Extra-judicial confession is to be judged !n the background of attending circumstances and to be considered if the same is voluntary and true and free from suspicion. There should be cogent evidence on record about the attending circumstances as well as the exact words used by the accused persons to consider whether the extra-judicial confession was not only true but also voluptary, Even accepting the extra-judicial confession which has been retracted, it is a very weak piece of evidence and has to be corroborated by other evidence on record. We have already held that the other evidence available on record is untrustworthy and there is no corroboration to such extra-judicial confession.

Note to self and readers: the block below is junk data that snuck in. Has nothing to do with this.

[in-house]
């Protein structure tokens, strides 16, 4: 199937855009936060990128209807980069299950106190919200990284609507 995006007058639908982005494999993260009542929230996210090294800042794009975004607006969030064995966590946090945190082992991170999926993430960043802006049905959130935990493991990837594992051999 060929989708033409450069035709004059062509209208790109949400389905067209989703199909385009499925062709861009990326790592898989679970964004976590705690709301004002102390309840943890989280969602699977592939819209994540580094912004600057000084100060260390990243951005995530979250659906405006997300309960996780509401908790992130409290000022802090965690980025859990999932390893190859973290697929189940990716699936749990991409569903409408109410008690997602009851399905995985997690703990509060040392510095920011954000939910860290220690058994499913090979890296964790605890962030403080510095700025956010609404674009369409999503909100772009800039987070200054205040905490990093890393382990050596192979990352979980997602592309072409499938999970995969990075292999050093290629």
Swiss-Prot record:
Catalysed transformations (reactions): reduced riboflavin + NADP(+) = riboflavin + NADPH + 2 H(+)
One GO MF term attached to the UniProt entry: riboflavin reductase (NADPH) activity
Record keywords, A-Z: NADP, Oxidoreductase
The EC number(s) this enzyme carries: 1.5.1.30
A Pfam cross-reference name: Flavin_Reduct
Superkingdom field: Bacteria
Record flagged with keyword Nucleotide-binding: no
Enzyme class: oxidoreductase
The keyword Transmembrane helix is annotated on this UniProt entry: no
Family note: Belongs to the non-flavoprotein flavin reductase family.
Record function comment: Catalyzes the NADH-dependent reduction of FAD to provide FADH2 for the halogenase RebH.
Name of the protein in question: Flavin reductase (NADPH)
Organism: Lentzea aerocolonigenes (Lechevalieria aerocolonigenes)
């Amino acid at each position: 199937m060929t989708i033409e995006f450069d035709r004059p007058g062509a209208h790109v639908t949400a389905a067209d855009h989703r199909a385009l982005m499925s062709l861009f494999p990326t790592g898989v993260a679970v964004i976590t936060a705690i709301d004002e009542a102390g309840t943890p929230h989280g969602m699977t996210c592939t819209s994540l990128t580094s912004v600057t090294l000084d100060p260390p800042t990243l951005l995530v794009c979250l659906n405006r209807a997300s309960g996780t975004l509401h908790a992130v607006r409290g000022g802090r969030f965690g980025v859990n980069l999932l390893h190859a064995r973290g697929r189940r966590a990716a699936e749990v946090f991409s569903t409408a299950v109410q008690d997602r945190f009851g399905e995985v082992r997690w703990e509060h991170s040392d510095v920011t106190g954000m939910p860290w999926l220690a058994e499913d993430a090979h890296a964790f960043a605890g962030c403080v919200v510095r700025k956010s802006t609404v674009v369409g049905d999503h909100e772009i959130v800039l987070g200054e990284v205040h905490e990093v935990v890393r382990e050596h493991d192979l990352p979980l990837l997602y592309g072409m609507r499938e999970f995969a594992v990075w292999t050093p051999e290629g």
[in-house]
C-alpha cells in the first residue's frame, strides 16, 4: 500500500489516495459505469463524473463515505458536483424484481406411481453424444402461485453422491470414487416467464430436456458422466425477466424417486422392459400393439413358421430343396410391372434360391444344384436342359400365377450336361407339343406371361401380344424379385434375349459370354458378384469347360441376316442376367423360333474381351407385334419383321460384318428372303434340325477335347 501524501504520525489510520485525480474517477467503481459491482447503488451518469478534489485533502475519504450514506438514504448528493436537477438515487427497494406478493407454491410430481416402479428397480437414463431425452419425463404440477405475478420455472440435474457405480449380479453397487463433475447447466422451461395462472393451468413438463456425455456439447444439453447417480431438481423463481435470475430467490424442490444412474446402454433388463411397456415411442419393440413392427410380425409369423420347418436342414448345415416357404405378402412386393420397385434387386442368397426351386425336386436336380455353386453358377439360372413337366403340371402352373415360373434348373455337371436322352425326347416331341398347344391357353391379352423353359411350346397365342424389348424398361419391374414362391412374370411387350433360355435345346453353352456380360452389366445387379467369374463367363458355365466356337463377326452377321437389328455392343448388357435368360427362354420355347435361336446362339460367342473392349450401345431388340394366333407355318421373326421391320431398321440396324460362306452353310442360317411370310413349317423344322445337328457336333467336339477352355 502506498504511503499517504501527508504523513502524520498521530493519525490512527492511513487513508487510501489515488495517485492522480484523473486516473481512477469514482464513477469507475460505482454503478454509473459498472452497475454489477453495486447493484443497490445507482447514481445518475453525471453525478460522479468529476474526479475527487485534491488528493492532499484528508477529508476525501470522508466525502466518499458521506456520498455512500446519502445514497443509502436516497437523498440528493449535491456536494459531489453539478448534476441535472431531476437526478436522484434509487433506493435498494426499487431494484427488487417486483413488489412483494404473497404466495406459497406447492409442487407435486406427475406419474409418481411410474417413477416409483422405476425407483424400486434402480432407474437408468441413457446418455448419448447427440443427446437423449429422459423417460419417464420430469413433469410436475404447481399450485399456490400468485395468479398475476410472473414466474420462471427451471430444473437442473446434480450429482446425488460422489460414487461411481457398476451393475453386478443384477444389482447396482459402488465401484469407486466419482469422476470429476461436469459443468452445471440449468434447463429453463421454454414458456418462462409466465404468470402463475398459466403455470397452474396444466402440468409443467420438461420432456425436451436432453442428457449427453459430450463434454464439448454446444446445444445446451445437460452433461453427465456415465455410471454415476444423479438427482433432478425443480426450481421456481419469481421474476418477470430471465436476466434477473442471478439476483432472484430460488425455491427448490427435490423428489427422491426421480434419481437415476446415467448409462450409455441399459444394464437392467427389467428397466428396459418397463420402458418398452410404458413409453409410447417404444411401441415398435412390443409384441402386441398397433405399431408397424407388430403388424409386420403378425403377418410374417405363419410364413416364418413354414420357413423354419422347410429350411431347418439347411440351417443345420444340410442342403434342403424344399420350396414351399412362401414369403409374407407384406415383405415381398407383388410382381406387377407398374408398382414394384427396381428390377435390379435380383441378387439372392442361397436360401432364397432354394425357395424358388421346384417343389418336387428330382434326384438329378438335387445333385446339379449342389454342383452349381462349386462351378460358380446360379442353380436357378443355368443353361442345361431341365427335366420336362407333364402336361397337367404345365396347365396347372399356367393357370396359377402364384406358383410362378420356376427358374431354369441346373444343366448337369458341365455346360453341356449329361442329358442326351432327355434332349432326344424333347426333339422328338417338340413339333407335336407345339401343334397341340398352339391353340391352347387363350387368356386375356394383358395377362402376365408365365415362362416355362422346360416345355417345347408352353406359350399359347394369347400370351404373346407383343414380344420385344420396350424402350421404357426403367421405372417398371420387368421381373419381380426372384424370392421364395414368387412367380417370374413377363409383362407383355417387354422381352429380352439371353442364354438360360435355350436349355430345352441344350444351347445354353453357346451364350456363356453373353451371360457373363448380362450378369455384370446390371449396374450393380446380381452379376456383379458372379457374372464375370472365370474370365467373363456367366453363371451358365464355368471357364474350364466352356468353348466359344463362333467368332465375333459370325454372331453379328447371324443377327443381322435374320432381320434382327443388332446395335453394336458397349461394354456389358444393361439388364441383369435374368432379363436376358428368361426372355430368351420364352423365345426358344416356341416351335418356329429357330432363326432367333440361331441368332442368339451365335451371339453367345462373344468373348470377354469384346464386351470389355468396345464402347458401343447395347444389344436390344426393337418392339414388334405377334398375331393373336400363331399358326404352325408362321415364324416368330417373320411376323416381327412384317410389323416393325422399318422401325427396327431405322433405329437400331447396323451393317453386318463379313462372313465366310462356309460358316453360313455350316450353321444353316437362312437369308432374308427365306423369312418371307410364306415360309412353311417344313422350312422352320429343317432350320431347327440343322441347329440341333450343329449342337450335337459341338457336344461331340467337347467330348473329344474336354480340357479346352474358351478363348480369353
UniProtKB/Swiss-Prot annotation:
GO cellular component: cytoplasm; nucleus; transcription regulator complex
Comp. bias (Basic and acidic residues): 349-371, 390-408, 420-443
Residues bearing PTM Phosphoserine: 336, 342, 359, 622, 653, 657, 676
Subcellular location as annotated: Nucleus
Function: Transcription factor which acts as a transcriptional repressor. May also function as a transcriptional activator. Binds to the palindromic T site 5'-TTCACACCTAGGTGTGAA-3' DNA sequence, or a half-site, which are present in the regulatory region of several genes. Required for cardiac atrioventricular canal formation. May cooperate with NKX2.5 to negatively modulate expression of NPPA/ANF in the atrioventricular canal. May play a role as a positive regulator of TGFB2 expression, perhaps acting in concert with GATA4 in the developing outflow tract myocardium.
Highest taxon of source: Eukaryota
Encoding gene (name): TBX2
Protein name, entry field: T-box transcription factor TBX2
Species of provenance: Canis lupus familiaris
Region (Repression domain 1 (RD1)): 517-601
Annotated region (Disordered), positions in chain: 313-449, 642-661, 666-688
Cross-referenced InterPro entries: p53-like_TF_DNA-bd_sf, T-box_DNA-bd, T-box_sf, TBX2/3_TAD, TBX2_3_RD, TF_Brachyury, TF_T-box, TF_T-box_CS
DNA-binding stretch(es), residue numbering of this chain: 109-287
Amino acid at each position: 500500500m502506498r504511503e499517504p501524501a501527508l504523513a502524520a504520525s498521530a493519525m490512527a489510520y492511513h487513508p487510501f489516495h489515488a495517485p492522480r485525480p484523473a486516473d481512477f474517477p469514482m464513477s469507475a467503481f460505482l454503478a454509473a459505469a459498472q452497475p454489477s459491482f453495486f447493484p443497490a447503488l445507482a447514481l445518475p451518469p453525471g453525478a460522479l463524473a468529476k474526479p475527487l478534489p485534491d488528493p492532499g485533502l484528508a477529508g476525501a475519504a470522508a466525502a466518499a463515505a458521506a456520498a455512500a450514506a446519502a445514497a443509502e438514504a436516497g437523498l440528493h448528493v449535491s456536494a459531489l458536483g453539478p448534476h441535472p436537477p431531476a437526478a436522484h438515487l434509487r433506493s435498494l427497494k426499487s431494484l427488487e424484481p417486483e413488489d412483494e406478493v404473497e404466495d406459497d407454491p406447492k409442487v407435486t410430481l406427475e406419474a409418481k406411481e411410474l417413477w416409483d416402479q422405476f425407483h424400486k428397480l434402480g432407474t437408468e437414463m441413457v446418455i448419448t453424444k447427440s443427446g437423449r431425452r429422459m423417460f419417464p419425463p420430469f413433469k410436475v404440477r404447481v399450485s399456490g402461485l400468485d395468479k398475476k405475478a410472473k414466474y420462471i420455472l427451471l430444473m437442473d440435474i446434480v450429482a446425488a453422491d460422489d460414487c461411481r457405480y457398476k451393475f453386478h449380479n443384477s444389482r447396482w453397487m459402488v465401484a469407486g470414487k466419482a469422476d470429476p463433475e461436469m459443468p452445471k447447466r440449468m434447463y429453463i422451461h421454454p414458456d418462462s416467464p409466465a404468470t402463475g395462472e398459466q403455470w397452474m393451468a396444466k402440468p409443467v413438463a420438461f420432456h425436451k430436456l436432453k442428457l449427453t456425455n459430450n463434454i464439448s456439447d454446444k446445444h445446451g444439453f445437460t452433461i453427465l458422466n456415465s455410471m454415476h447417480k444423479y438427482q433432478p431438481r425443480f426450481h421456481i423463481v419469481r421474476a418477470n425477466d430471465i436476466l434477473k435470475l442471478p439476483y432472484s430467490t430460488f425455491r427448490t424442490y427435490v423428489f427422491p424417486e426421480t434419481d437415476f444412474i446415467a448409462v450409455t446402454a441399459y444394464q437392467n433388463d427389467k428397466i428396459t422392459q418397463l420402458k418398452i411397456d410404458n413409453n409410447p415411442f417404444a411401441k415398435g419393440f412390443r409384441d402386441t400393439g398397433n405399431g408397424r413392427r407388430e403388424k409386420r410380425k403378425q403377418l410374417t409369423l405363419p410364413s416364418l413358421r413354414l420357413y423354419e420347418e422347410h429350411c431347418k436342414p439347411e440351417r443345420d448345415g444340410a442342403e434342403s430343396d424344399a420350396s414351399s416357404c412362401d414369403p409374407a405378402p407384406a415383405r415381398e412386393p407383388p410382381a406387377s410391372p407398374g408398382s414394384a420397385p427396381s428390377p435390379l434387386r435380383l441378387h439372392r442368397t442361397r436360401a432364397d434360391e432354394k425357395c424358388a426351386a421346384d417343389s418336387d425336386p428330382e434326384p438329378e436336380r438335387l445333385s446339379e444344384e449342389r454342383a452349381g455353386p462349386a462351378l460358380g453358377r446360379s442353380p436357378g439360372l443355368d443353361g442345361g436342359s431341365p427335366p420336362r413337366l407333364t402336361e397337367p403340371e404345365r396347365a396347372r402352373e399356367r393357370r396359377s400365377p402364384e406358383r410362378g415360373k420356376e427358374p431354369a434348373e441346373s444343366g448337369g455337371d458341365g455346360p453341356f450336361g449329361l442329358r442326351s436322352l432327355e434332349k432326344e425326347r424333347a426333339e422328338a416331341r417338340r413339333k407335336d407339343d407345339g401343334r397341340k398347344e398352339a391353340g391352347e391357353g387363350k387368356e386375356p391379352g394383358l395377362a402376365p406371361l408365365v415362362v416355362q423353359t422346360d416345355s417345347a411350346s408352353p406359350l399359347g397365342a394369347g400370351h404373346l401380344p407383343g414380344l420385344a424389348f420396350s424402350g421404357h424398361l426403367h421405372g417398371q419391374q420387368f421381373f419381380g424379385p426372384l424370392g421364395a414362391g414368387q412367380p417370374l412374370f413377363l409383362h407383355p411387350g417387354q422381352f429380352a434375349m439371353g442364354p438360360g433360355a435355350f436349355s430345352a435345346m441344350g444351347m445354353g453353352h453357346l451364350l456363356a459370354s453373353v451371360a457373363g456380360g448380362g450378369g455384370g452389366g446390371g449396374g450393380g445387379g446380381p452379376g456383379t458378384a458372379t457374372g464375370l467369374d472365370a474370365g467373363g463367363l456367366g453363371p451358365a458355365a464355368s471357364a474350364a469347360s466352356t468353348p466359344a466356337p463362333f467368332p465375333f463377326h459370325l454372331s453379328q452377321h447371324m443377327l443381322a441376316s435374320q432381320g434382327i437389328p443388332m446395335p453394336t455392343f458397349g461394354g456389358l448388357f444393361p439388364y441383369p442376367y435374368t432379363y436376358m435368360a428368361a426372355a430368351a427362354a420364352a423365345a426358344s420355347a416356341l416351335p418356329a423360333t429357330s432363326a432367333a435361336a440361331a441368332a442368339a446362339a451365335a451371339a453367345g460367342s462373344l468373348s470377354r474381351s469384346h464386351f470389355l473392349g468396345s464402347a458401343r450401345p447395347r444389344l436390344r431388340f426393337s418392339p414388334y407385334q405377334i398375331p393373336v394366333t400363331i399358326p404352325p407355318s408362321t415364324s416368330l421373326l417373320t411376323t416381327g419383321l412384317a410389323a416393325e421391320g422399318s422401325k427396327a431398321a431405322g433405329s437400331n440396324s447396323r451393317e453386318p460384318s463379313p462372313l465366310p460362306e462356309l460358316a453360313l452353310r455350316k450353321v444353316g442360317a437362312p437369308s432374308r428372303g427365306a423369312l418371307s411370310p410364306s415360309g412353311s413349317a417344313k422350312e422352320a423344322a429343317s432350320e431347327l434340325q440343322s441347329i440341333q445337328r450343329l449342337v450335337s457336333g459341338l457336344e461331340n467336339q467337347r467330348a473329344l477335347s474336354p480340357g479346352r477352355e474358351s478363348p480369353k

11. The prosecution case Is that after P.W. 2 narrated the incident to P.W. 15 and the latter went to the out-post and lodged information. Ext. 10/1 is the First Information Report which is said to have been scribed by P.W. 11 on instruction of P.W. 15 and advice of the A, S.I. (P.W. 17). In the F, I. R. Dibakar has not been implicated. It is alleged therein that Dwari pierced the barchha at the neck of Kandhia in the courtyard of Rajiba. P.Ws. 10 and 11 have signed this F. I, R. as witnesses. P.W. 11 the scribe of F. I. R. states that he wrote out the contepts according to instructions of P.W. 15. The contents were read out to P, W. 15 who put his signature on the report. According to him P.W. 15 did not raise any objection when he read over the contents of the F. I. R. before putting the signature. He has also emphatically assert- ed that he had not omitted anything what P.W. 15 wanted to be written in the F, I. R. He is consistent about this statement from the time of investigation to the stage of trial. The learned Additional Sessions Judge has held that it is P.W. 17 who has acted obliquely in dropping the name of Dibakar, From the evidence of P.Ws. 10, 11 and 15 it appears that Dibakar was present at the out-post when the F. I, R. was written out. It appears that P.W. 15 tries to feign ignorance of contents of the F. I. R While ne was cross-examined about the contents o the F. I, R. in Oriya he surprisingly states that he is not able to understand the contents. This witness is definite in his statemet that on learning by enquiry from his wife that both the accused persons assaulted the deceased with barchha and axe, he gave F. I, R. basing on such information, It is evident from the testimony of P.W. 17 that P.W. 15 signed the written report believing the contents to be correct after the same were read over and explained to him. He also admits that P.W. 11 was present when he read over and explained the contents to P.W. 15. There is no reason to disbelieve the statement of P.W. 11. It has been held by the learned Additional Sessions Judge that though P.Ws. 10, 11 and 15 state that Dibakar was present at Jjhei out-post and the A. S, I. (P.W. 17} gives a story that Dibakar was not present there and he met Dibakar on his way to the spot, the learned Additional Sessions Judge has inferred that the A. S.I. wanted to help Dibakar in keeping him out of implication in the crime. But the evidence of P.W. 11 who is a disinterested witness and who admittedly read out the contents of the F. I. R. clearly shows that Dibakar was not at all implicated in the crime. On the other hand Dwari is alleged to have assaulted the deceased with the barchha. This evidence also fits in with the defence version.